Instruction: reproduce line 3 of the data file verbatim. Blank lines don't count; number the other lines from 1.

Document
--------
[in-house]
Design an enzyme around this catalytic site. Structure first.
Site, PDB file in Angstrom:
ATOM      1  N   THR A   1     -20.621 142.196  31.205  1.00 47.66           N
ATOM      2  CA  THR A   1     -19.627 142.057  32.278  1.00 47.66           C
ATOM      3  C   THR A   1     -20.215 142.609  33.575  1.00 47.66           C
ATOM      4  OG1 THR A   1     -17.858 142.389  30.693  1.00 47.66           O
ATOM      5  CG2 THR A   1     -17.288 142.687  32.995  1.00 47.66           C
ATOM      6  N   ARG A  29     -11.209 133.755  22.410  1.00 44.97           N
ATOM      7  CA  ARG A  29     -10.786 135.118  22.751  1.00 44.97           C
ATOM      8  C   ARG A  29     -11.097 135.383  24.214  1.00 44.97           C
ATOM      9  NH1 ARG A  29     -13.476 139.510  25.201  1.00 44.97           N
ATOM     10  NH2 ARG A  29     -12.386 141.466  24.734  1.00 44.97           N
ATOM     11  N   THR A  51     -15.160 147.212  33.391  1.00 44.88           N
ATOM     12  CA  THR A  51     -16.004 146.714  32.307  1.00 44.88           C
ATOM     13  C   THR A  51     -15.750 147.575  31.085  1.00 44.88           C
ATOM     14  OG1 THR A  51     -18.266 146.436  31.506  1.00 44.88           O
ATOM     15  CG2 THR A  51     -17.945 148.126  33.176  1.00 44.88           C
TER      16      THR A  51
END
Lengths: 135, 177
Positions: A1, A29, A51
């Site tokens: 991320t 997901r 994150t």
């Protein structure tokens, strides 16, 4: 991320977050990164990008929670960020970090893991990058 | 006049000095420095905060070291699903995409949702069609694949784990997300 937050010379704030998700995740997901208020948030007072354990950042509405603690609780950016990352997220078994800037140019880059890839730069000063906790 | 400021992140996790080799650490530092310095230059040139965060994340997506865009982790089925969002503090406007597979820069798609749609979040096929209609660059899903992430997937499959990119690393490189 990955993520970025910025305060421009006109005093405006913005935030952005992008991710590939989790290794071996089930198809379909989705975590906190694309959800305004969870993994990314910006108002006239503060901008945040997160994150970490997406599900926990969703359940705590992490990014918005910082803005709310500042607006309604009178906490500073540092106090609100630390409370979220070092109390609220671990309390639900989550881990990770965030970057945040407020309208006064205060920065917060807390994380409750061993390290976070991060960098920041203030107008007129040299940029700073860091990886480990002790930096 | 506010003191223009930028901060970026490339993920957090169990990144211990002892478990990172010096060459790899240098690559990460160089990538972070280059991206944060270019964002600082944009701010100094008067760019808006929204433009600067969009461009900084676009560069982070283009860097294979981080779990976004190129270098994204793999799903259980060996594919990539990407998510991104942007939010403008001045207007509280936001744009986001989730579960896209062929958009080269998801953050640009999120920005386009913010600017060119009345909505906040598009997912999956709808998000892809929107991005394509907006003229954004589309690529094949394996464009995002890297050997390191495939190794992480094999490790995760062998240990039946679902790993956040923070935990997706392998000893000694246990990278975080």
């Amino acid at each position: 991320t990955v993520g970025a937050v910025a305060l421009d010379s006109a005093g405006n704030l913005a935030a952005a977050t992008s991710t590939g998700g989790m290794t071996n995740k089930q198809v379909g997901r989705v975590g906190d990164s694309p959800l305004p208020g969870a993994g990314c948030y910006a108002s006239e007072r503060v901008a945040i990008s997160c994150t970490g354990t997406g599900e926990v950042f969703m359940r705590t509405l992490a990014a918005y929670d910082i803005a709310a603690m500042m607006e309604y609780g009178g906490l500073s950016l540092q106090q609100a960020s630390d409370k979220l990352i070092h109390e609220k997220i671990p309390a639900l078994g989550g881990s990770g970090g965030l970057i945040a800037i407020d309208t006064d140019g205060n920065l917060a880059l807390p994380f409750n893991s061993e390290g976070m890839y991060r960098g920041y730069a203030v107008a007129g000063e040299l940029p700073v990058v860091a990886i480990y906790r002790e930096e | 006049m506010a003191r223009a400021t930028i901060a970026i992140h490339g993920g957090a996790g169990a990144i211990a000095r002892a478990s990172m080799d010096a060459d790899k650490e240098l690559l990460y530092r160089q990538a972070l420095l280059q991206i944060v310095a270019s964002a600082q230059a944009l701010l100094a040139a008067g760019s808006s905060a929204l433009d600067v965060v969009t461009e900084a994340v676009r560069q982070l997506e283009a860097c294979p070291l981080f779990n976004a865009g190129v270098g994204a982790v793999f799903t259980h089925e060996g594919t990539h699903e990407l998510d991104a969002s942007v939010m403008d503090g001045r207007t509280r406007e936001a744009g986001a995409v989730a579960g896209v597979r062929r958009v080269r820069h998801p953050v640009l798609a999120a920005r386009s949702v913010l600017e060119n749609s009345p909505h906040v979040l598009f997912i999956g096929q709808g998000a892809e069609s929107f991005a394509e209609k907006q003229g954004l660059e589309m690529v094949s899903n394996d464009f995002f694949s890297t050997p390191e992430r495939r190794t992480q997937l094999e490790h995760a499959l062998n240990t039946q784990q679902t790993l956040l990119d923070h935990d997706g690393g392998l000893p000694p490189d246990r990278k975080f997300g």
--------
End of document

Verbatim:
Site, PDB file in Angstrom: